Andrew, you have inspired me to be a better writer and a better traveler. Whether it’s in 140 characters or in the pages of Traveler, you have demonstrated that stories can be transpired in so many different ways. Whenever, I go on a trip I think of how you tell the story. Seriously, I always think “What Would Andrew Do? (WWAD?) I become more poetic, more attentive in the moment, more willing to connect. I’ll miss your global adventures (and getting your clues wrong) but can’t wait for your next one. I think your book is going to be great (and if you visit Toronto on the book tour, please let me know!). Keep in touch and enjoy your much needed downtime with Wasabi! Natalie

  18. travelingbruin
    Los Angeles, CA
    June 23, 2014, 5:40 pm

    Andrew, you are the reason I joined Twitter! I so enjoyed your non-air travels to Antarctica that I wanted to read more. Enjoy being in one place for more than 30 day and spending time with your family & Wasabi. Hopefully, I’ll meet you at your book signing!

  19. […] the next couple weeks, I’ll do my best to fill into some giant shoes just left behind by Digital Nomad Andrew Evans, who recently set off to take some well-deserved home time and start his next book. I regularly […]

  20. Don George
    United States
    June 24, 2014, 3:29 am

    Dear Andrew, Five years! Wow, what an extraordinary run! I remember when you were first getting ready to set out for Antarctica! You’ve come a loooooong way — literally and metaphorically — since then. And you’ve inspired countless people in the process. I look forward to celebrating with you at Book Passage in August! Bravo and all best wishes!! — Don

  21. Lisa Christen @TheHomeworkDog
    Minneapolis, MN
    June 24, 2014, 2:27 pm

    A huge “Thanks” to you for letting the world tag along on your adventures. A few of my memories: The bus ride to Antarctica, the black penguin, the video inviting my class to follow you under the water in the Great Barrier Reef, a shoutout to my class while on the Great Ocean Road…and even getting mentioned in a blog post…trips and photos of places I will never get to see first hand, because of your tweets-creating a list of places I would like to see, and favorited pictures saved in my camera roll.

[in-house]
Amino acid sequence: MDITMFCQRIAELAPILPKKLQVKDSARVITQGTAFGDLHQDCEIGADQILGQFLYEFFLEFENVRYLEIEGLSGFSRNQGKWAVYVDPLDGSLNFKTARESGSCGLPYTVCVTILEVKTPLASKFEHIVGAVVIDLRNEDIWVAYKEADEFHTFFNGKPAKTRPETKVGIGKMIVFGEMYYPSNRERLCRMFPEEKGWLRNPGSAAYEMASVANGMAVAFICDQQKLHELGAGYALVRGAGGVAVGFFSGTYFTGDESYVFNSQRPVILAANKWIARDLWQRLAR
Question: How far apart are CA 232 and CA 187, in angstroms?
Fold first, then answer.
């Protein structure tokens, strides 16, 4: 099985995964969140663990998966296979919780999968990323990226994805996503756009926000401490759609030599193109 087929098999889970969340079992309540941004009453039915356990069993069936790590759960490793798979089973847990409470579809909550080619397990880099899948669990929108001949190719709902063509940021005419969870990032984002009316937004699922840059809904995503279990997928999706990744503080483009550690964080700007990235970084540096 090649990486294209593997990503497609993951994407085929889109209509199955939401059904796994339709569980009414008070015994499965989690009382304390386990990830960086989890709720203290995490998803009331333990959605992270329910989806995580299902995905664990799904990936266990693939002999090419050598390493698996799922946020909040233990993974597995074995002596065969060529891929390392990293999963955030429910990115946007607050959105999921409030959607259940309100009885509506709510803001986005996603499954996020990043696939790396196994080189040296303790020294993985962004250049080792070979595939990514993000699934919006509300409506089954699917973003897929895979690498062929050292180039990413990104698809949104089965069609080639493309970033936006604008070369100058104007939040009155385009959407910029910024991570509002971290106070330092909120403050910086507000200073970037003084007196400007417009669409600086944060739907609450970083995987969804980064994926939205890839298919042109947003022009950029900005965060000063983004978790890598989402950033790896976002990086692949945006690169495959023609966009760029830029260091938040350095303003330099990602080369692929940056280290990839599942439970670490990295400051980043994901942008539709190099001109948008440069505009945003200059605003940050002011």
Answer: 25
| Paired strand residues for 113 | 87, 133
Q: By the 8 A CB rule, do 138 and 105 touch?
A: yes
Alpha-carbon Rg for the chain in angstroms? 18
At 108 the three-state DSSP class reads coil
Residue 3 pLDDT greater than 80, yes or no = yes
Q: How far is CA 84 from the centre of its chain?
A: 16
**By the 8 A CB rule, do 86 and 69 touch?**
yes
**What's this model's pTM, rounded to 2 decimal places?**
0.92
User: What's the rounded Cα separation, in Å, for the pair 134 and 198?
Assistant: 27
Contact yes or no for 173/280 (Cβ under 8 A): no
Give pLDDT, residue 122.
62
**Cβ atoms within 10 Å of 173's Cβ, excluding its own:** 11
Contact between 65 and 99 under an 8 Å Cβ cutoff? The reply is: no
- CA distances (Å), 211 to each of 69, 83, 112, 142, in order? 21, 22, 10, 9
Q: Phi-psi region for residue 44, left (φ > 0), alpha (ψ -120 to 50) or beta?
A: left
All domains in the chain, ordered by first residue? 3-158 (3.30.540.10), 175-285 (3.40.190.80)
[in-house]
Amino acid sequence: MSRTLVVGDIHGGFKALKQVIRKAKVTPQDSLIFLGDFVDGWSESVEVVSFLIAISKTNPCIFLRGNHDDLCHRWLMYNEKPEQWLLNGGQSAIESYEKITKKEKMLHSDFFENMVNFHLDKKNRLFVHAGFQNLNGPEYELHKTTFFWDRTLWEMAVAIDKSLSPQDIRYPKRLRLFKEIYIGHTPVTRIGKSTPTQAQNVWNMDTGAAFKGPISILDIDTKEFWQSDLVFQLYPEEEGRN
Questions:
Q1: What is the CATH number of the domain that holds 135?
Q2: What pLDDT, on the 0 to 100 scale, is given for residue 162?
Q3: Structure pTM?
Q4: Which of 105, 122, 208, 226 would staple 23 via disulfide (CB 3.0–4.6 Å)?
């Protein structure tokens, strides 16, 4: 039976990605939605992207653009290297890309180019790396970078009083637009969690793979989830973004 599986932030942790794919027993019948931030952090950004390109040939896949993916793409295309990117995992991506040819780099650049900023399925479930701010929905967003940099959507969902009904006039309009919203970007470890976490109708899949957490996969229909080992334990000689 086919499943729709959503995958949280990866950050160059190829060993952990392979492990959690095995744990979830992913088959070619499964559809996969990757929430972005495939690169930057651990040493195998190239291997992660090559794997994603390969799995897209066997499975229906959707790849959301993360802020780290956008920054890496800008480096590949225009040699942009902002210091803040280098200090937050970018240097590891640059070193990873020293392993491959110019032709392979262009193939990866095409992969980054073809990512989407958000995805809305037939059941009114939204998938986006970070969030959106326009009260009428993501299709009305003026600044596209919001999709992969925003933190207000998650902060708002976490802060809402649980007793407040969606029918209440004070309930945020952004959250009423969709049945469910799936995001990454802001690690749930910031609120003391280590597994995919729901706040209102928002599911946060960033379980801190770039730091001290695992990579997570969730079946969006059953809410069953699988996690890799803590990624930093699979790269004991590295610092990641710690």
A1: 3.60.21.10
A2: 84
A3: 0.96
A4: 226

Thanks for the memories…looking forward to seeing pictures from a few more trips, updates about your dog 🙂 (plus any dogs you find) as well as waiting to see the finished book.

    Rest a little, relax a little and enjoy life with your dog to the fullest! Thanks again for all you have shared!

  22. Dustin Main
    June 24, 2014, 5:43 pm

    Thanks for the inspiration these past 5 years Andrew. Without you, I’d have never ventured to the Faroe Islands 🙂

    Best of luck with your next year (and beyond)!

  23. PortaPocketGal
    United States
    June 26, 2014, 10:13 am

    All the best to you in your next adventure, Andrew! Blue skies 🙂

  24. […] As he wrote: […]

  25. Catherine
    October 25, 2014, 1:32 pm

    Just celebrating a year since traveling around the world with you, Wade, Sylvia and all. Enjoy your time to reflect and write! Looking forward to more from wonderful you!

  26. perla Abou Tass
    /Tibneen/ South Lebanon
    December 22, 2014, 2:00 am

    Hi Andrew.. I’m a teacher of the English language at AUT Lebanon. My students and I wanted to say hi! we’ve been learning about online blogs and we came across a short description of your blog in the Life books of the National Geographic Series.

  27. […] A Little Less Digital, A Lot Less Nomad – Digital Nomad nationalgeographic.com […]